Claiming Prolongation Costs when there is no Entitlement to an Extension of Time
It is generally accepted that, in a situation where a contractor is entitled to an extension of time, he is also entitled to claim for time-related costs for site overheads and head office running costs for the additional time that he was obliged to remain on site. This is based upon a fundamental principle of law, that a party who has been prevented from performing his obligations by the other party is entitled to compensation to put him back into the position that he would have been in, had the act of prevention not occurred. In construction terms, this usually means the reimbursement of the contractor’s costs for providing site management, site establishment, plant and equipment, insurances, additional financing costs and the like and head office costs, which are often referred to as prolongation costs for the extended time.
Are there situations, however, that a contractor may legitimately claim for the payment of costs when an extension of time is not warranted? Well, yes there are. Consider the following example.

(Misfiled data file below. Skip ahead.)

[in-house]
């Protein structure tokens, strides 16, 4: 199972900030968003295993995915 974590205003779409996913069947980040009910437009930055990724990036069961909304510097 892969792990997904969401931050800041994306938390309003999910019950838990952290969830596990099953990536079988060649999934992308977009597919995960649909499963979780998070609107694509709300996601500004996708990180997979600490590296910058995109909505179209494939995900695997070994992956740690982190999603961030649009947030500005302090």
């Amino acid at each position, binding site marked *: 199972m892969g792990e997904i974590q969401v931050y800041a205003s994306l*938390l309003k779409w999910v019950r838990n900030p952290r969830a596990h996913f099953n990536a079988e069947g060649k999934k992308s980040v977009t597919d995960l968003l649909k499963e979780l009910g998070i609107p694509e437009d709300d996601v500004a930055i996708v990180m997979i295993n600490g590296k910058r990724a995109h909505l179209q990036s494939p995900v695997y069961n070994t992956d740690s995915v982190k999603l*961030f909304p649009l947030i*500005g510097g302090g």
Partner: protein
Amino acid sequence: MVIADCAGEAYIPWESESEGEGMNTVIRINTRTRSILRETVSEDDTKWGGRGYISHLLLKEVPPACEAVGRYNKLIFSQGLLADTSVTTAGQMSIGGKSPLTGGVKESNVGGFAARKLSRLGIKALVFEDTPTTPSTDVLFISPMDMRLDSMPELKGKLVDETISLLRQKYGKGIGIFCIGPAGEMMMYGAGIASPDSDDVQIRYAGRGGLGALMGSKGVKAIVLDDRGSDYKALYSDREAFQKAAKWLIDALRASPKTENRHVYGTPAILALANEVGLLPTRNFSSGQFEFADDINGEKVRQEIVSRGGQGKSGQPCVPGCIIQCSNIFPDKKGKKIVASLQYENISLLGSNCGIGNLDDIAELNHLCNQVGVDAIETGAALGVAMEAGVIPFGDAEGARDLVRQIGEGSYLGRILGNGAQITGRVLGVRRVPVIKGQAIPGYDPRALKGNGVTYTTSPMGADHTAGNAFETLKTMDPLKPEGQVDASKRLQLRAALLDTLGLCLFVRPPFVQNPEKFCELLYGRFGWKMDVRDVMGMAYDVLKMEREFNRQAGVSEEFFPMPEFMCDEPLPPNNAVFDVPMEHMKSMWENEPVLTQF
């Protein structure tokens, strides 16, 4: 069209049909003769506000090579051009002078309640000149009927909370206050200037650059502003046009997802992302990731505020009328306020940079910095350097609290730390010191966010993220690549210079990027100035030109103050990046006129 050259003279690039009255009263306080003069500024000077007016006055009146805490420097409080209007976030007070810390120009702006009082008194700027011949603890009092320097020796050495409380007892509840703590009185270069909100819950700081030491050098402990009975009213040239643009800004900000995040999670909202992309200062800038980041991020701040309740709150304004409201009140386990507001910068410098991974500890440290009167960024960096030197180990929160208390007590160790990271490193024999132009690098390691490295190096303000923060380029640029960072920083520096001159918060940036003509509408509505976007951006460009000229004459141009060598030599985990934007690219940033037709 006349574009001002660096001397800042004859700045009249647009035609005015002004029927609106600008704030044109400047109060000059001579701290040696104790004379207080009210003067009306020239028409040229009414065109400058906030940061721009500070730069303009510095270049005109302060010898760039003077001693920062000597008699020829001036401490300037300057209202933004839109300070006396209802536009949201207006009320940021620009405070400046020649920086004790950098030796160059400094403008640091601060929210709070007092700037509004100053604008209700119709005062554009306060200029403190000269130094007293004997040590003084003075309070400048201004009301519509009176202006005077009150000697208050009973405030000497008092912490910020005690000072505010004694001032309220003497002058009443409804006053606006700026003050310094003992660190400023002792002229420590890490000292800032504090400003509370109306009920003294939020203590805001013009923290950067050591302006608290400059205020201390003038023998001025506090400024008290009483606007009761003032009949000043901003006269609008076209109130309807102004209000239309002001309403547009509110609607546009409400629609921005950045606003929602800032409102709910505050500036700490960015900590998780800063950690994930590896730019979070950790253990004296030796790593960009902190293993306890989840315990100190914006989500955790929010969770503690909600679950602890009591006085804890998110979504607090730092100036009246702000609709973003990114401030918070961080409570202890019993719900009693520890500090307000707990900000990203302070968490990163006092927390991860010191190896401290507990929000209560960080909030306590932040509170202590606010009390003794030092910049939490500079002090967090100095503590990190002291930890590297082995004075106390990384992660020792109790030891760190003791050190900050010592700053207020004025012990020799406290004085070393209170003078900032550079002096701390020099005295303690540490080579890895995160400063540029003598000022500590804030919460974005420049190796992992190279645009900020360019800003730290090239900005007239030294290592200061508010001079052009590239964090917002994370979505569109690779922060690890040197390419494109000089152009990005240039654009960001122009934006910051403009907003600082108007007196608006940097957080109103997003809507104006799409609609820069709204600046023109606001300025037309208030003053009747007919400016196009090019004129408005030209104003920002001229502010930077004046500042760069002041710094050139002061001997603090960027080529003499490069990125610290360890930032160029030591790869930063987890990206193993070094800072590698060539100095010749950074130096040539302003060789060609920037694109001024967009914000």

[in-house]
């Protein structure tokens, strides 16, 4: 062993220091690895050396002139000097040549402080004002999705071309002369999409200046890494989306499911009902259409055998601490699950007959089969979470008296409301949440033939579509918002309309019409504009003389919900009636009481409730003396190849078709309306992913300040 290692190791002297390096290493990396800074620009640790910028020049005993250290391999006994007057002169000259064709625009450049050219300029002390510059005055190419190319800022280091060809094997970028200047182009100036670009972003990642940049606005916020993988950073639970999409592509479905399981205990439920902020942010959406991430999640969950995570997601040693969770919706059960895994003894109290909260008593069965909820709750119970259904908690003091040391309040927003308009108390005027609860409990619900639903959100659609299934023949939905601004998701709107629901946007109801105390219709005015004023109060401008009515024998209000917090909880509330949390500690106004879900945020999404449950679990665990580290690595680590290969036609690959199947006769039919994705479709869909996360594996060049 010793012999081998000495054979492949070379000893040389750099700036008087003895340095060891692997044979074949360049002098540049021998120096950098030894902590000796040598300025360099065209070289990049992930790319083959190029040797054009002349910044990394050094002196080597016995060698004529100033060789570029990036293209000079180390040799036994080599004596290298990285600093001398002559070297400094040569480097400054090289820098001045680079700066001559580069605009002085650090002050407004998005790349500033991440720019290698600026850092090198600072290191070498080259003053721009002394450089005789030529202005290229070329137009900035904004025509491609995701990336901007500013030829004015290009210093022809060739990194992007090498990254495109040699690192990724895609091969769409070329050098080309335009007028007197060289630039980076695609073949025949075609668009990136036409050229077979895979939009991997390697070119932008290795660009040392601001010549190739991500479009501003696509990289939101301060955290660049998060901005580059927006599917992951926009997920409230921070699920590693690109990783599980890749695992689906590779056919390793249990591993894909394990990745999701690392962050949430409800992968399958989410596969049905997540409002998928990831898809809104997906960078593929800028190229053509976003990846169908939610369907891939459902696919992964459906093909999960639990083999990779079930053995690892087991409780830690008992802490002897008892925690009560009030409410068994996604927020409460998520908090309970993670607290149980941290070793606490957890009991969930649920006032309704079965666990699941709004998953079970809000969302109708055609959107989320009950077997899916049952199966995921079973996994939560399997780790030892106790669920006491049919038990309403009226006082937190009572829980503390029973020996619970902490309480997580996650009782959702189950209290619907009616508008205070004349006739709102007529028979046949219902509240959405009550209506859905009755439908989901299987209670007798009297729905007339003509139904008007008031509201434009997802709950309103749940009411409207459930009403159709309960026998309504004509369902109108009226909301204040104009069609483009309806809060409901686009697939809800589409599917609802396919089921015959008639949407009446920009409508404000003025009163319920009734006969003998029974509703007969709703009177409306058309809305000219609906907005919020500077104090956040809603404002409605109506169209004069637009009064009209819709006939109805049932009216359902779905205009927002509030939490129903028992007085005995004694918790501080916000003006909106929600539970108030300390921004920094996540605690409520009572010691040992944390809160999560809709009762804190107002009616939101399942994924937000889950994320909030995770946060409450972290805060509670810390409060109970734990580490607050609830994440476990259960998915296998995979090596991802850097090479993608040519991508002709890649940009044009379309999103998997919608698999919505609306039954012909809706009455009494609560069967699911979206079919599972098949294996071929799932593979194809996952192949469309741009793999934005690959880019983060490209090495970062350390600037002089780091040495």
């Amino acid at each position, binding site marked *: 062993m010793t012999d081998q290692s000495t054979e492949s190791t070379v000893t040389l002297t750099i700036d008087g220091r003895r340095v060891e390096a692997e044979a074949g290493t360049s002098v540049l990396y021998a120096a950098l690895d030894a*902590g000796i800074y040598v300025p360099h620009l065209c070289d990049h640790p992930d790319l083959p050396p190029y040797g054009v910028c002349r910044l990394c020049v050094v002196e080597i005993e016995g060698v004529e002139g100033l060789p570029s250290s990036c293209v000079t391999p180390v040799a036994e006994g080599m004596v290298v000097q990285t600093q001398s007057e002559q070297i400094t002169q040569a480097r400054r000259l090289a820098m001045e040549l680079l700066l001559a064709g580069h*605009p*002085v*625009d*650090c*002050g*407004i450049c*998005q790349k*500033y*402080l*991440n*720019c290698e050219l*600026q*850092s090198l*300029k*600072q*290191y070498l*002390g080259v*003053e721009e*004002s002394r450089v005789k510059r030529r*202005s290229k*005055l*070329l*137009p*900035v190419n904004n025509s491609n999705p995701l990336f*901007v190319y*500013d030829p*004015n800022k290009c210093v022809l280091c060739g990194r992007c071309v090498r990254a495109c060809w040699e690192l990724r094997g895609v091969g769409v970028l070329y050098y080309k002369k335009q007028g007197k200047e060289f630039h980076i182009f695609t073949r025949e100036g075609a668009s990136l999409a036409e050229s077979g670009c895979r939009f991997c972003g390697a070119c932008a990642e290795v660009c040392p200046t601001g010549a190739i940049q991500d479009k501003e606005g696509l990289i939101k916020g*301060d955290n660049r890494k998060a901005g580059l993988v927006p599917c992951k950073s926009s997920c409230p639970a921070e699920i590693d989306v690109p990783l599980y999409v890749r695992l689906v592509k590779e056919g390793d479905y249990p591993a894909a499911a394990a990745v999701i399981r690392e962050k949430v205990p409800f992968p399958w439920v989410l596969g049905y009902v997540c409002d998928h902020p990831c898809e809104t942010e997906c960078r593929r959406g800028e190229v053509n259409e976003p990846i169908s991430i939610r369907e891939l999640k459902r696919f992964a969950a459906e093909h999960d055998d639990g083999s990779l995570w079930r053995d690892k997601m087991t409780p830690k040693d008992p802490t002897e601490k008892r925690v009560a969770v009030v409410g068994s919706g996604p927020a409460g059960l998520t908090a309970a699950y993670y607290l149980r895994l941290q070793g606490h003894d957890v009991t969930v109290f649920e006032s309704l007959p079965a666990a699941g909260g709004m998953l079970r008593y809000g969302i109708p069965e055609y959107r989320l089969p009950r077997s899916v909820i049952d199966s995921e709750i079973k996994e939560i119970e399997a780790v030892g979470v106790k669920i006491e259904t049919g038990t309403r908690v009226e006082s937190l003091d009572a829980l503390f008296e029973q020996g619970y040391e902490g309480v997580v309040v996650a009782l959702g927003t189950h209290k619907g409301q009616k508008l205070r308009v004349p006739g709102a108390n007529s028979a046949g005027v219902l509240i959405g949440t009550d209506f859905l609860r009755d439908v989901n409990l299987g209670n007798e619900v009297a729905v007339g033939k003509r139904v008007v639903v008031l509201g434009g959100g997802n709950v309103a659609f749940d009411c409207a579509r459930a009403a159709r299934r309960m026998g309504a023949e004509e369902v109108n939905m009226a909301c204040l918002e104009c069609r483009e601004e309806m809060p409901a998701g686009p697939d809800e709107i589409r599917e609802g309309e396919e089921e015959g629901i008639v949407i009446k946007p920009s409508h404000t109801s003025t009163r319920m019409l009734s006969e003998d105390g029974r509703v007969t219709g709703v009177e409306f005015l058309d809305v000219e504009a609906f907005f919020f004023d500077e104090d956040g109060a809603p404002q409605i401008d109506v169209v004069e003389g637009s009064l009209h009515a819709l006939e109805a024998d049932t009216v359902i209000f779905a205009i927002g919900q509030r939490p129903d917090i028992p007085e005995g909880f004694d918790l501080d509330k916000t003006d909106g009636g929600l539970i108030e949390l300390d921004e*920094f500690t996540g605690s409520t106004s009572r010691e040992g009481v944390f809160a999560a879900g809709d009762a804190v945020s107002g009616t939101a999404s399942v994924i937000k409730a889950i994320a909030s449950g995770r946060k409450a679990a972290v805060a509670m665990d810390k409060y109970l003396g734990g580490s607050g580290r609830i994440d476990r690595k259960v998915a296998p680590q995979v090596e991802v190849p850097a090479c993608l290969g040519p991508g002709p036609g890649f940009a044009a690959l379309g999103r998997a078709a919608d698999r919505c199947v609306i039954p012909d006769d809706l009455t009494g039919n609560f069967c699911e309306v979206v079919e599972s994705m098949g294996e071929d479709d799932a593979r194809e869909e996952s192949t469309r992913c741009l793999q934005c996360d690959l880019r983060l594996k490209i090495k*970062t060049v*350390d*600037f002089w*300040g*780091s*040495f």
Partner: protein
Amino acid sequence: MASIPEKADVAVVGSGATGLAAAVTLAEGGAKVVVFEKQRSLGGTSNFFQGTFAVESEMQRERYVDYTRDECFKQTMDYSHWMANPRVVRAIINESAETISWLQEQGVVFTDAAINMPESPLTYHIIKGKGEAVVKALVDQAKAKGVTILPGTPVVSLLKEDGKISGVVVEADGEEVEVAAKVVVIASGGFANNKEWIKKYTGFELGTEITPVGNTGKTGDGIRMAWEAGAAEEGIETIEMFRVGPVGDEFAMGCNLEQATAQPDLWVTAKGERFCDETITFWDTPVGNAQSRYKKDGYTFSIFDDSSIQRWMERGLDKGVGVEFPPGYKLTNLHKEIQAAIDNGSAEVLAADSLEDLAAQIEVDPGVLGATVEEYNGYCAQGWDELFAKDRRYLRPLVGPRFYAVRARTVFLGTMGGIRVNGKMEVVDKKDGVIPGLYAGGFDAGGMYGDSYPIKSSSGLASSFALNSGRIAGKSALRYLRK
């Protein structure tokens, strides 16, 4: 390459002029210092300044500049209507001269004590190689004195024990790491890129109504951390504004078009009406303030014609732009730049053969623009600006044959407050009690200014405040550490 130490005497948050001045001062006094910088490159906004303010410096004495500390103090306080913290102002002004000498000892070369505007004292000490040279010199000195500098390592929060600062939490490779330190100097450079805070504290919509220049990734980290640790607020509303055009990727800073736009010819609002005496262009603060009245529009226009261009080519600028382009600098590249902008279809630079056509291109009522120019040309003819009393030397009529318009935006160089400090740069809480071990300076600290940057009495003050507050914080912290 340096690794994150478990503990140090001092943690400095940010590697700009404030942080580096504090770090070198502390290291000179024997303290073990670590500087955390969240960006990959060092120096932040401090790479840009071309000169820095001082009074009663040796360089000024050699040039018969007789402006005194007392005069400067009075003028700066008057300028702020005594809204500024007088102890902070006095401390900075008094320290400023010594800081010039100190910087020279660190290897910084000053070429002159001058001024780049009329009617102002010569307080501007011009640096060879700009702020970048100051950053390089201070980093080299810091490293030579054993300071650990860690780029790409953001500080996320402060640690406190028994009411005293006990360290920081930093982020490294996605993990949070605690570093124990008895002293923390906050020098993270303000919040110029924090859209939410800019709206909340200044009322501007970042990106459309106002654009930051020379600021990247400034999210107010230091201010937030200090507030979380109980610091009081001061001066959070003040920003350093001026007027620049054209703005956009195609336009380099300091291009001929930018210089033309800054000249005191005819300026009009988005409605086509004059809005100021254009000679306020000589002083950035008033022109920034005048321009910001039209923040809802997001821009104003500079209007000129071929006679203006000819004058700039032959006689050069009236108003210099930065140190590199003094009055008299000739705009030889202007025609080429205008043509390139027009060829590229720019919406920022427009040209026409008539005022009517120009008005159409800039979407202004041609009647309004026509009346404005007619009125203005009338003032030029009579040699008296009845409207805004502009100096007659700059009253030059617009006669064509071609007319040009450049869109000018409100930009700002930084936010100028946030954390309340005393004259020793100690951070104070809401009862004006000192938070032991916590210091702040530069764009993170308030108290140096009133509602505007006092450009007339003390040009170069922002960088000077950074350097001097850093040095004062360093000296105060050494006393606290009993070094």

The contractor is constructing a high-rise building and has a tower crane on site, which his programme shows is to be removed on a certain date. The contractor however receives a variation order to change the specification of the air-conditioning chiller, which is located on the roof of the building and needs to be hoisted into position by the tower crane. The change to the chiller requires modifications to be made at the factory where the chiller is being manufactured and this will delay the delivery of the chiller to a date later than the date by which the contractor had planned to remove the crane.
The contractor will therefore incur additional costs in hiring (or depreciation costs of) the tower crane, the crane operator and safety checks and maintenance, from the time that he should have been able to remove the crane, to the date that he was able to hoist the chiller into position and finally remove the crane.
There is therefore a direct linkage of the cause, i.e. the variation, to the effect, which is the additional time-related costs for the tower crane.
The costs here could either be claimed with the variation for the chiller or submitted as a discrete claim.
This subject is covered by our training partner’s Construction Claims Distance Learning Course. If you have found this paper useful and informative, you can find further details about the course on their website at www.constructionclaimsclass.com.
This blog was authored by ICCP Executive Officer, Andy Hewitt.